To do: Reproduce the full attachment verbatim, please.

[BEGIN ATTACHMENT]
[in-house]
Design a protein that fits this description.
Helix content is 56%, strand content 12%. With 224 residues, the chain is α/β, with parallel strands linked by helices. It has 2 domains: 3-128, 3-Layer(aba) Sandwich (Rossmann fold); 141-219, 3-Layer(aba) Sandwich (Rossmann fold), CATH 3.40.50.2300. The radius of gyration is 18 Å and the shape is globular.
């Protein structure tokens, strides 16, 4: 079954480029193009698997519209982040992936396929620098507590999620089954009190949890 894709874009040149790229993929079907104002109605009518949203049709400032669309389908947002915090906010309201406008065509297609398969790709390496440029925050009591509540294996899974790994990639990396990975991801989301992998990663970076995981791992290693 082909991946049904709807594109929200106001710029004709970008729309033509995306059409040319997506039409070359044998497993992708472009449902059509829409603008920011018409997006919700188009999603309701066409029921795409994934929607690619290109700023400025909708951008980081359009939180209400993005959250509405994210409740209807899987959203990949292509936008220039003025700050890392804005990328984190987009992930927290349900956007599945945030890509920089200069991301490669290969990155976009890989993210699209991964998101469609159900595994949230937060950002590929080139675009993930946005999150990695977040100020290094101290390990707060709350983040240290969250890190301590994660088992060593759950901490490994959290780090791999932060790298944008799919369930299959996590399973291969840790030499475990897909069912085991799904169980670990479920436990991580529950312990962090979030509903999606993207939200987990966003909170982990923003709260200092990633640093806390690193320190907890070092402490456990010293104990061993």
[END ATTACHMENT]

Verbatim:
[in-house]
Design a protein that fits this description.
Helix content is 56%, strand content 12%. With 224 residues, the chain is α/β, with parallel strands linked by helices. It has 2 domains: 3-128, 3-Layer(aba) Sandwich (Rossmann fold); 141-219, 3-Layer(aba) Sandwich (Rossmann fold), CATH 3.40.50.2300. The radius of gyration is 18 Å and the shape is globular.
């Protein structure tokens, strides 16, 4: 079954480029193009698997519209982040992936396929620098507590999620089954009190949890 894709874009040149790229993929079907104002109605009518949203049709400032669309389908947002915090906010309201406008065509297609398969790709390496440029925050009591509540294996899974790994990639990396990975991801989301992998990663970076995981791992290693 082909991946049904709807594109929200106001710029004709970008729309033509995306059409040319997506039409070359044998497993992708472009449902059509829409603008920011018409997006919700188009999603309701066409029921795409994934929607690619290109700023400025909708951008980081359009939180209400993005959250509405994210409740209807899987959203990949292509936008220039003025700050890392804005990328984190987009992930927290349900956007599945945030890509920089200069991301490669290969990155976009890989993210699209991964998101469609159900595994949230937060950002590929080139675009993930946005999150990695977040100020290094101290390990707060709350983040240290969250890190301590994660088992060593759950901490490994959290780090791999932060790298944008799919369930299959996590399973291969840790030499475990897909069912085991799904169980670990479920436990991580529950312990962090979030509903999606993207939200987990966003909170982990923003709260200092990633640093806390690193320190907890070092402490456990010293104990061993």